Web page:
See also:law . The word is used technically in Scotland (see
See also:FACULTY OF) in a sense virtually
See also:equivalent to the
See also:barrister, and a derivative from the same Latin source is so used in most of the countries of
See also:Europe where the
See also:civil law is in force . The word advocatus is not often used among the earlier jurists, and appears not to have had a strict meaning . It is not always associated with legal proceedings, and might apparently be applied to a supporter or coadjutor in the pursuit of any desired
See also:object . When it came to be applied with a more specific
See also:limitation to legal services, the position of the advocatus was still uncertain . It was different from, and evidently inferior to, that of the
See also:juris-consultus, who gave his opinion and advice in questions of law, and may be identified with the consulting counsel of the
See also:day . Nor is the merely professional
See also:advocate to be confounded with the more distinguished orator, or patronus, who came forward in the guise of the disinterested vindicator of
See also:justice . This distinction, however, appears to have arisen in later times, when the profession became mercenary . By the lex Cincia, passed about two centuries B.C., and subsequently renewed, the acceptance of remuneration for professional assistance in lawsuits was prohibited . This law, like all others of the kind, was evaded . The skilful debater was propitiated with a present; and though he could not sue for the value of his services, it was ruled that any honorarium so given could not be demanded back, even though he died before the anticipated service was performed . The traces of this evasion of a law may be found in the existing practice of rewarding counsel by fees in anticipation of services .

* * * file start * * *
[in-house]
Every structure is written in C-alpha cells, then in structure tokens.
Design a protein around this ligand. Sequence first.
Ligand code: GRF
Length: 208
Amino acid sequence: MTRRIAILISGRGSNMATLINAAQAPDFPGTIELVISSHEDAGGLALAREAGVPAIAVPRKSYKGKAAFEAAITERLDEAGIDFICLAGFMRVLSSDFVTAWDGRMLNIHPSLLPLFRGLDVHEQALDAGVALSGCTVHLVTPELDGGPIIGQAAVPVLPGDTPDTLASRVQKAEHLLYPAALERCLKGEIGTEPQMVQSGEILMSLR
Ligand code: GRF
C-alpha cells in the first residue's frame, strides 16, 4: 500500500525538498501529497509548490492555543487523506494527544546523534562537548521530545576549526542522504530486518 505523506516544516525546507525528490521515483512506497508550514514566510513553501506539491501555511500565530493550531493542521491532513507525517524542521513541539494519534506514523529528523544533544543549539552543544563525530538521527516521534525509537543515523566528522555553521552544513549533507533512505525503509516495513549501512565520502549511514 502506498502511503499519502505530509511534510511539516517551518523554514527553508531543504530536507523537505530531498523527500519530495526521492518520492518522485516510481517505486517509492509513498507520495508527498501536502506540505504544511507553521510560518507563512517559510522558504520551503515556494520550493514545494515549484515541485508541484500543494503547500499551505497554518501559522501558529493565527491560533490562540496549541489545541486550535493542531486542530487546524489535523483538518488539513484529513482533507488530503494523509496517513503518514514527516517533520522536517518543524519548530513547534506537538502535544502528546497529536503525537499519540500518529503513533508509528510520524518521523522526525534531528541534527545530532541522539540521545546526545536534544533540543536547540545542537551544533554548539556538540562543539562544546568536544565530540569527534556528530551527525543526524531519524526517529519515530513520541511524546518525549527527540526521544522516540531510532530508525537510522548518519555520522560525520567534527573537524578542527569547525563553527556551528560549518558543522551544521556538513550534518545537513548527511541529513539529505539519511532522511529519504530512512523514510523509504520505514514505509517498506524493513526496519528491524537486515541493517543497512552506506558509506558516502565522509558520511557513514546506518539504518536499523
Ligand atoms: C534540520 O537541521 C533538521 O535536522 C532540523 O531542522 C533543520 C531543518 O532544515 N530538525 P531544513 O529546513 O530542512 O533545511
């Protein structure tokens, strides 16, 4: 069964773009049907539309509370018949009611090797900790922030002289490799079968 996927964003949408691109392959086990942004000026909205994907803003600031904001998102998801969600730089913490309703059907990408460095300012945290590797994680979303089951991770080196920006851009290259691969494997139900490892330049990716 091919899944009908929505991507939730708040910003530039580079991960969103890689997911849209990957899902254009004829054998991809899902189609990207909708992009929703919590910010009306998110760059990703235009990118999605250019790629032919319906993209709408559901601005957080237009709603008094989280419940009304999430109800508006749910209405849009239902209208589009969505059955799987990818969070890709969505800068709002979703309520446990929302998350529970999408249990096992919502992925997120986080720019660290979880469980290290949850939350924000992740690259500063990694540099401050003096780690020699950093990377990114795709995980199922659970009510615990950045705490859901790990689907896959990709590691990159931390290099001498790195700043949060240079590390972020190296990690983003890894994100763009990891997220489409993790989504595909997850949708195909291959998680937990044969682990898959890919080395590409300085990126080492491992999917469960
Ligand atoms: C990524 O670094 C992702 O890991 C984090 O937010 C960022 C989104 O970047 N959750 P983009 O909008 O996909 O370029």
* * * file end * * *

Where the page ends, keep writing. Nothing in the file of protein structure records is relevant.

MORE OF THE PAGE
The term advocatus came eventually to be the word employed when the
See also:bar had become a profession, and the qualifications,
See also:admission, numbers and fees of counsel had become a
See also:matter of state regulation, to designate the pleaders as a class of professional men, each individual advocate, however, being still spoken of as
See also:patron in reference to the litigant with whose
See also:interest he was entrusted . The advocatus fisci, or fiscal advocate; was an officer whose
See also:function, like that of a
See also:solicitor of taxes at the present day, was connected with the collection of the revenue . The lawyers who practised in the English courts of
See also:common law were never officially known as advocates, the word being reserved for those who practised in the courts of the civil and
See also:canon law (see DOCTORS'
See also:COMMONS) . There was formerly an important official termed his
See also:majesty's advocate-general, or more shortly, the
See also:king's advocate, who was the
See also:principal law officer of the
See also:crown in the
See also:College of Advocates or Doctors' Commons, and in the
See also:admiralty and ecclesiastical courts . He discharged for these courts the duties which correspond to those of thesolicitor of the
See also:treasury (see SOLICITOR) . His opinion was taken by the
See also:office on
See also:international matters, and on high ecclesiastical matters he was also consulted; all orders in council were submitted to him for approval . The office may now be said to be obsolete, for after the resignation of
See also:Sir Travers Twiss, the last holder, in 1872, it was not filled up . There was also a second law officer of the crown in the admiralty